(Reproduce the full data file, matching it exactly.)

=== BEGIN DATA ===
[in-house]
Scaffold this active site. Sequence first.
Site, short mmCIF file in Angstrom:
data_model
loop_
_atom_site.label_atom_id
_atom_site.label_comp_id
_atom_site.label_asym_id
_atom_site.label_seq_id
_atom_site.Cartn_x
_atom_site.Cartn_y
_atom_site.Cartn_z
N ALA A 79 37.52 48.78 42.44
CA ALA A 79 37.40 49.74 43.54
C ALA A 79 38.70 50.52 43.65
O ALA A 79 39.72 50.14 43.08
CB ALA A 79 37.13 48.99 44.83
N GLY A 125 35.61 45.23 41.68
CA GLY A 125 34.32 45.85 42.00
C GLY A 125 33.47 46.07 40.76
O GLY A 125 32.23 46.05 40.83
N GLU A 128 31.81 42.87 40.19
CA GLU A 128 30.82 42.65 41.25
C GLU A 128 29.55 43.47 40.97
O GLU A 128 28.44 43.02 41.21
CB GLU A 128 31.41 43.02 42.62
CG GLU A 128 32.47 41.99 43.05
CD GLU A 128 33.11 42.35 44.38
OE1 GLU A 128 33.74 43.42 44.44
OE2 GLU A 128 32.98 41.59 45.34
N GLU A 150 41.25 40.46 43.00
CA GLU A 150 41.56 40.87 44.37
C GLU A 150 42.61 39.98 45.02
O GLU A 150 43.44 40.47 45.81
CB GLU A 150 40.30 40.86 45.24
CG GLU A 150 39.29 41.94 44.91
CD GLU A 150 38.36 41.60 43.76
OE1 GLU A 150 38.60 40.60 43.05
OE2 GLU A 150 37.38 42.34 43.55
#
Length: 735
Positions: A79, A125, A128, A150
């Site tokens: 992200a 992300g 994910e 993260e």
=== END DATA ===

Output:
[in-house]
Scaffold this active site. Sequence first.
Site, short mmCIF file in Angstrom:
data_model
loop_
_atom_site.label_atom_id
_atom_site.label_comp_id
_atom_site.label_asym_id
_atom_site.label_seq_id
_atom_site.Cartn_x
_atom_site.Cartn_y
_atom_site.Cartn_z
N ALA A 79 37.52 48.78 42.44
CA ALA A 79 37.40 49.74 43.54
C ALA A 79 38.70 50.52 43.65
O ALA A 79 39.72 50.14 43.08
CB ALA A 79 37.13 48.99 44.83
N GLY A 125 35.61 45.23 41.68
CA GLY A 125 34.32 45.85 42.00
C GLY A 125 33.47 46.07 40.76
O GLY A 125 32.23 46.05 40.83
N GLU A 128 31.81 42.87 40.19
CA GLU A 128 30.82 42.65 41.25
C GLU A 128 29.55 43.47 40.97
O GLU A 128 28.44 43.02 41.21
CB GLU A 128 31.41 43.02 42.62
CG GLU A 128 32.47 41.99 43.05
CD GLU A 128 33.11 42.35 44.38
OE1 GLU A 128 33.74 43.42 44.44
OE2 GLU A 128 32.98 41.59 45.34
N GLU A 150 41.25 40.46 43.00
CA GLU A 150 41.56 40.87 44.37
C GLU A 150 42.61 39.98 45.02
O GLU A 150 43.44 40.47 45.81
CB GLU A 150 40.30 40.86 45.24
CG GLU A 150 39.29 41.94 44.91
CD GLU A 150 38.36 41.60 43.76
OE1 GLU A 150 38.60 40.60 43.05
OE2 GLU A 150 37.38 42.34 43.55
#
Length: 735
Positions: A79, A125, A128, A150
């Site tokens: 992200a 992300g 994910e 993260e």